Quick recap: Afrikaans, my mother tongue, is a South African language developed from 17th century Dutch. It has adopted words from Malay, Khoisan and Bantu languages, but 90% of its vocabulary is of Dutch origin. Yes, I understand Dutch (with a bit of effort) and Flemish (easily). Afrikaans has about 6 million native speakers.
Tomorrow we return our focus to Japan. Tonight, son…

The Princess Who Loved Insects (updated)

My blog gets so many search keyword hits about this particular topic that I've decided to update an old post about the Japenese story The Princess Who Loved Insects(虫めづる姫君Mushi Mezuru Himegimi).

It's contained in Tales of the Riverside Middle Counselor (堤中納言物語Tsutsumi Chūnagon Monogatari), a collection of short stories written in the late Heian period. It focuses on the adventures of a young girl who refuses to make herself beautiful and play the courtship game. She doesn't blacken her teeth and pluck her eyebrows (as refined ladies did in those days); instead, she spends her time outdoors, playing with bugs and caterpillars.

I refer to her as Ms Mushi (Ms Insect).  A girl this tough is definitely not a prim prissy Miss, she's a ballsy Ms. She's my favourite Japanese heroine. She's strong, she's rebellious, she refuses to pretend, she ignores society's stupid rules that fetter women. You go, girl! Long live caterpillar eyebrows!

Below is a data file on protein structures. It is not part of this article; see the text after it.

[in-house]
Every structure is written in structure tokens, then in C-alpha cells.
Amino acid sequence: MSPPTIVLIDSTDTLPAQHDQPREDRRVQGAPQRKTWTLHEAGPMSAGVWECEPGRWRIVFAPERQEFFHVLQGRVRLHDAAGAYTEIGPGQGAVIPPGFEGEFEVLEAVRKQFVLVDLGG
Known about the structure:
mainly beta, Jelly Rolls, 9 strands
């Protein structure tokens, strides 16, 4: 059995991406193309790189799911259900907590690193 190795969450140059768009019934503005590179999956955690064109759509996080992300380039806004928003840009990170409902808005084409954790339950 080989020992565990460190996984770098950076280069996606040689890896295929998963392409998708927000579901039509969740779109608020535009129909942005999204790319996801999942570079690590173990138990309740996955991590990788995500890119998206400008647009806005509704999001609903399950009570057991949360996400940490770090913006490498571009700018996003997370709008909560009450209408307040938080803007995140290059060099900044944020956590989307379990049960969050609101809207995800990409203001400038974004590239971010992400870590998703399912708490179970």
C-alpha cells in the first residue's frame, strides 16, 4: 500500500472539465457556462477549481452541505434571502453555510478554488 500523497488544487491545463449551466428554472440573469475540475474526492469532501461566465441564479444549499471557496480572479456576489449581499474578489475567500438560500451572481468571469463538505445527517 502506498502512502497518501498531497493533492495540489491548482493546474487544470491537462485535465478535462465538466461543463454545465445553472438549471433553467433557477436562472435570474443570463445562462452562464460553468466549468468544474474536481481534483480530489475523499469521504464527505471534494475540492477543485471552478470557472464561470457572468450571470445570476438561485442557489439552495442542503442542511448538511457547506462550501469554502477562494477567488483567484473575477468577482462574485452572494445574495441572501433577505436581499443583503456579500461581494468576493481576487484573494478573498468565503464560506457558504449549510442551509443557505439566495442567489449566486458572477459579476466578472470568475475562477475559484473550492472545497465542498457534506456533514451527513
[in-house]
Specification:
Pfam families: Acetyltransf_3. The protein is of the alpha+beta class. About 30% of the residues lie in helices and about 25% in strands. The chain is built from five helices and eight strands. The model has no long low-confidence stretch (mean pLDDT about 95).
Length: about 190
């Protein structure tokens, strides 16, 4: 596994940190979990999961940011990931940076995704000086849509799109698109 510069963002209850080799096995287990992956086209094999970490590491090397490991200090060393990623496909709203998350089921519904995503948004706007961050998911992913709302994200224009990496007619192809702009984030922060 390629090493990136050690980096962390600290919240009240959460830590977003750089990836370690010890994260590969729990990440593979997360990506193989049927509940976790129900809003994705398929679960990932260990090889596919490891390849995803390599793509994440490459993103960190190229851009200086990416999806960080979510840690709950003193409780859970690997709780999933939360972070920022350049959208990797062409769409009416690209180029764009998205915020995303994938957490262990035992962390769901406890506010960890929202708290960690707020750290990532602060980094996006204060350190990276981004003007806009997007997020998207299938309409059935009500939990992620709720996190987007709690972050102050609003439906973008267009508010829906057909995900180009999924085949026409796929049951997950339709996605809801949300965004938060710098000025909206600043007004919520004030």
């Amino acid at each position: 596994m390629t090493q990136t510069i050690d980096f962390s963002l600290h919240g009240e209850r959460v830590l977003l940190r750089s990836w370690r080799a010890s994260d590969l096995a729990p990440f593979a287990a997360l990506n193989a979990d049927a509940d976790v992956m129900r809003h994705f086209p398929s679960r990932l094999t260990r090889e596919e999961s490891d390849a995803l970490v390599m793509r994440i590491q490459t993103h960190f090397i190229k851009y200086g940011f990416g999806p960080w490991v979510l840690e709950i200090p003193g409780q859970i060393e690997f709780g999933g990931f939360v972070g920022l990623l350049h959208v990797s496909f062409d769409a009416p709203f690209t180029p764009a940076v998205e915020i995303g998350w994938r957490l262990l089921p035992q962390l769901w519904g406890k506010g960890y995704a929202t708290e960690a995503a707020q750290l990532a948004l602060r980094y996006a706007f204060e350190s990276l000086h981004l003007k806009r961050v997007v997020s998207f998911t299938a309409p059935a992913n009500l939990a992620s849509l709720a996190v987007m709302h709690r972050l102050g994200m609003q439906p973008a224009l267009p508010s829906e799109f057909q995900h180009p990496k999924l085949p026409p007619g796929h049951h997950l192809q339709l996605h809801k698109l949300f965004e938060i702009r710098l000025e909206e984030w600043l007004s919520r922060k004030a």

Donald Keene mentions in hi…

The princess who loved insects

Edit added 8 May 2013: This post receives so many keyword search hits for "The Princess Who Loved Insects" that I've published an updated post (with extra information) that focuses on the book. Click here to read it.)

Blogging has been an interesting experiment. I initially started two blogs, Rurousha for personal musings and Sanpokatagata for factual stories accompanied by photos. I've now decided I'll do all stories on this blog, regardless of the content, and turn Sanpo into a supplementary photo blog. I'm not sure it's a good idea, since I'm not a good photographer at all, but let's see how it goes.
It occurred to me that "nomad" is not the ideal name for my blog. I don't wander anymore; I want to live in Japan forever and ever amen till death do us part. Then I remembered that I've already stayed in six different apartments in Tokyo and although most of my income is derived from one company, I've been based in three diff…

Edo wind chimes: air con for your soul

Have you noticed that Japan has a thing about bells?